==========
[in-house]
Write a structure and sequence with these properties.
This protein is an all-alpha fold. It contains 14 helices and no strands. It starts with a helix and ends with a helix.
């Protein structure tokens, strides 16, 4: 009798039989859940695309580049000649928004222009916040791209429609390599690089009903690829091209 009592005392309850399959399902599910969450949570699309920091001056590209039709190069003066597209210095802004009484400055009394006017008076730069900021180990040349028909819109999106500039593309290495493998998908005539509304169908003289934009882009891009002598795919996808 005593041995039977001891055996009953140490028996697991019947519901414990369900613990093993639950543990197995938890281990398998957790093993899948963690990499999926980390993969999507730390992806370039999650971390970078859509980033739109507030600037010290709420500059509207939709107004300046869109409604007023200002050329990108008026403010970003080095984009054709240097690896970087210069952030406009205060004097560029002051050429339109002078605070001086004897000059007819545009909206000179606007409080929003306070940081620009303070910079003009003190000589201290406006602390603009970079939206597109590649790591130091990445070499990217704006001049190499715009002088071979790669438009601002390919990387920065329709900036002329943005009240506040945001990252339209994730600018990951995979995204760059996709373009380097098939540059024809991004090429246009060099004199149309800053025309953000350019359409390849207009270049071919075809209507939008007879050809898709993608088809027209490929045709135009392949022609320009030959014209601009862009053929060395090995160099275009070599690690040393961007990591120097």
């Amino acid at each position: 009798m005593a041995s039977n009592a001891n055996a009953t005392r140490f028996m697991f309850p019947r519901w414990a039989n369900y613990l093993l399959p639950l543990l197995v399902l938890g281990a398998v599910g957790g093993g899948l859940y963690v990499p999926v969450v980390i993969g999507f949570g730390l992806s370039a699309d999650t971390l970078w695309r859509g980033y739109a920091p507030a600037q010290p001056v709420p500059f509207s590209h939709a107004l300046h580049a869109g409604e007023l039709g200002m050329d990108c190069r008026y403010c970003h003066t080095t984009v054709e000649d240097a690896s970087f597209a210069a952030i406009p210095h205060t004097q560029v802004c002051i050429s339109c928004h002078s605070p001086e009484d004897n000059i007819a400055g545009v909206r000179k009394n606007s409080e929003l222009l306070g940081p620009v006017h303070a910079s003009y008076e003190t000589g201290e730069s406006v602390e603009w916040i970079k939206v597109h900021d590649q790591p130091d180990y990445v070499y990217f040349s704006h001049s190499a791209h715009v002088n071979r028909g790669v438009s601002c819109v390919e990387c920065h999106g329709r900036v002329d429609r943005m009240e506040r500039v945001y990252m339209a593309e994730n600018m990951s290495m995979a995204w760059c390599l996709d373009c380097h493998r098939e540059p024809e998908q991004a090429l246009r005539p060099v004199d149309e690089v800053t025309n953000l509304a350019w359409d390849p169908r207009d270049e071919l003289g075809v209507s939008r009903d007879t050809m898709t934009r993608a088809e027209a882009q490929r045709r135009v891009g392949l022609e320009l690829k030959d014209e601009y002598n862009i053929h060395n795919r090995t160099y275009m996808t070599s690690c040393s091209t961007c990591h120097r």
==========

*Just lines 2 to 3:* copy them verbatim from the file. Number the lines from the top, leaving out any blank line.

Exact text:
Write a structure and sequence with these properties.
This protein is an all-alpha fold. It contains 14 helices and no strands. It starts with a helix and ends with a helix.